would loaf all day long In one place
If there wasn't a man somewhere near
to adtnlro her?' '
" Tm suro lt's a bcautlful woman.'
lnslsted the young crow. 'And there,
too, is a man's flgure behind the
oak. I'm going over to slze her up.'. '
"And the young crow fiew off, nnd
a gun banged, and. a few mlnutos
later ho camo llniplhg back wl(h .a
brokcn wing and ii hole In hls leg:,
" Aha.' sneered the old crow. 'you
youngstera aro all allke think you
lcnow more about women than your
elders!'"
Her Pen Betrayi Her.
A man whose fountain pen requlrei
repatrs, and borrows hls wtfc's to uso
ln the Interval, has a chance to make
an interesting study. A woman's pen.
llke a woman's watch, jias a psychol
ogy of its own. It betrays tho fom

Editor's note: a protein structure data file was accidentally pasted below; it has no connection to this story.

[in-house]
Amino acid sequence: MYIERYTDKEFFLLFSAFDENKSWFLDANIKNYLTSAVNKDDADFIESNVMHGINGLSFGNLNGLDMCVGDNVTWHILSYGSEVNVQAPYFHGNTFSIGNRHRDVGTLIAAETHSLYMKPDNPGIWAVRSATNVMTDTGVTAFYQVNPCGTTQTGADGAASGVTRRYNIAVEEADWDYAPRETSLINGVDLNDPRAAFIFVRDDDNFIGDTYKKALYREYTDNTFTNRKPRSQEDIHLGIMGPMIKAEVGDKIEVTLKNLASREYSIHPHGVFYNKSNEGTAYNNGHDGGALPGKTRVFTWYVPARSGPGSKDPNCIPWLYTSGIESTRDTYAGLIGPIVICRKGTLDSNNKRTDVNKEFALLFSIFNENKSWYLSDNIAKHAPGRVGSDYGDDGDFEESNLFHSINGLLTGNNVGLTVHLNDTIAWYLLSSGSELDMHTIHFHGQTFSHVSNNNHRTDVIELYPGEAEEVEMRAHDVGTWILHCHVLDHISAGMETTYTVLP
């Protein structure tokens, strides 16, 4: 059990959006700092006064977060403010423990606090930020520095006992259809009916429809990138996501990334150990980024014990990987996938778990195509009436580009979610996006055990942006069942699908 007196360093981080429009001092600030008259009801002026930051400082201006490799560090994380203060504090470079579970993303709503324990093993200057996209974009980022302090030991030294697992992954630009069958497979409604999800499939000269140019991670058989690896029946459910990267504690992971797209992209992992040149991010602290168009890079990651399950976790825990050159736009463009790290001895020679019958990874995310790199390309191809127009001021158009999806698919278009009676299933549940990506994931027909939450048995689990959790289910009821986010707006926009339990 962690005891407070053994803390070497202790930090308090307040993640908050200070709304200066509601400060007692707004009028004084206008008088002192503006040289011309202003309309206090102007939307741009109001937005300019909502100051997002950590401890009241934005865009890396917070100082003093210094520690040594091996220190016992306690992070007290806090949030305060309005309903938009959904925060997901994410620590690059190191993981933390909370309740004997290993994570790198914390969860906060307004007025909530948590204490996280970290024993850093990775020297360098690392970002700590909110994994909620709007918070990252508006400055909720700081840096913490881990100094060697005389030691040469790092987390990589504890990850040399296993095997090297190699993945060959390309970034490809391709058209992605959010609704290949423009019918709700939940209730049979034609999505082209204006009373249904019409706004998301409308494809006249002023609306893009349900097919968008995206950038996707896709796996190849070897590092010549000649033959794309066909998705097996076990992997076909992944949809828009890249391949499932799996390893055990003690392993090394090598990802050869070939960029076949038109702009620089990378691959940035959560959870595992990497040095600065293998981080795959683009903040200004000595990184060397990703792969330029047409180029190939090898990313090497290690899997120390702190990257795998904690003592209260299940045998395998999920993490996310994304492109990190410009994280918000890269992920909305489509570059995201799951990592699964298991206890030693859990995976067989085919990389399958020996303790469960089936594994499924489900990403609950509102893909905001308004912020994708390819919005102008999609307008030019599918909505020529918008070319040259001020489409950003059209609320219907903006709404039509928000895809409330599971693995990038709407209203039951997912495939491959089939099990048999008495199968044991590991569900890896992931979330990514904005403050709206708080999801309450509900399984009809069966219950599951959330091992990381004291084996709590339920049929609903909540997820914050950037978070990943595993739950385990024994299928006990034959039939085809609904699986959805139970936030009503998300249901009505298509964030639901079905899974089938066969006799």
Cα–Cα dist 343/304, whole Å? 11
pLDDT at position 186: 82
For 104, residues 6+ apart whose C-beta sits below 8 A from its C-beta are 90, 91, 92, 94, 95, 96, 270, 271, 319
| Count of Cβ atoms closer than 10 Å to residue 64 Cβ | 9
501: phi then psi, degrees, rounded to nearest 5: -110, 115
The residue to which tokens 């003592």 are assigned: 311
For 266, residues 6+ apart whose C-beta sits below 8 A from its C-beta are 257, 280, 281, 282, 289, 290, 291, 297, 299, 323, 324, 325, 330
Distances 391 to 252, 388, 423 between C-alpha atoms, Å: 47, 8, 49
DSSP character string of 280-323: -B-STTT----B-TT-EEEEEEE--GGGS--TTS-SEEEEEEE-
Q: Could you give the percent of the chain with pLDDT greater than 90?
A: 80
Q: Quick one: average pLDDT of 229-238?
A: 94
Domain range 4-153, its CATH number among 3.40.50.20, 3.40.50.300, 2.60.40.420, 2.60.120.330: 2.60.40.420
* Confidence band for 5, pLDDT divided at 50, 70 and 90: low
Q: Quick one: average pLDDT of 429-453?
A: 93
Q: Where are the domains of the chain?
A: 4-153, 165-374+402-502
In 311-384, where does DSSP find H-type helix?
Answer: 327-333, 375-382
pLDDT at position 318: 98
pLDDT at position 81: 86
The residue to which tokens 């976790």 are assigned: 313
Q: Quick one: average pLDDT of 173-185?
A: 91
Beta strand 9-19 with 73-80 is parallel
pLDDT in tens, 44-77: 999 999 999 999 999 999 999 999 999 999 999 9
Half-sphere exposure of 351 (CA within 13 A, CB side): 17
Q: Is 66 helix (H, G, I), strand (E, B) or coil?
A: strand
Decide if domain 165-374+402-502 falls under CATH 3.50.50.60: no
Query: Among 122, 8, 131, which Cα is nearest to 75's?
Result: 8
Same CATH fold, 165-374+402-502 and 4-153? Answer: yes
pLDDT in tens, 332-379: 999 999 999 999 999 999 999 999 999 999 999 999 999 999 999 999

lnlne temporament In every move
ment. Gonerally you flnd that, tn order to
get the pen to wrlto-at all, you have
to dlp It to ono slde, for women al
ways writo with the slde or edge of a
pen. If you can get It to "Scratch a
little aa It gocs over;, the paper, It, will
wrlte; If lt can't, it teaves the paper
blank. If you lay It down flat on the
paper, lt leaka ink. It betrays by Its
general conducfthat it is carrted
wrong end up when not In actlqn .
or sometimes ono end ip and eomo
tlmcs tho other. .-ti y
It is a mystery why a woman. whb
can be so neat anfl order'ly about her
house. and wbo wtl not let you dls
place a dcily on the back of a cbalr.
can always "be relled on to get a
watch out of order and demorallze a
pen. '
Warnlng. . ,
"They cay a lot about that old man's
bad tempcr. but I atx. going to teet
him."
"TbeB you'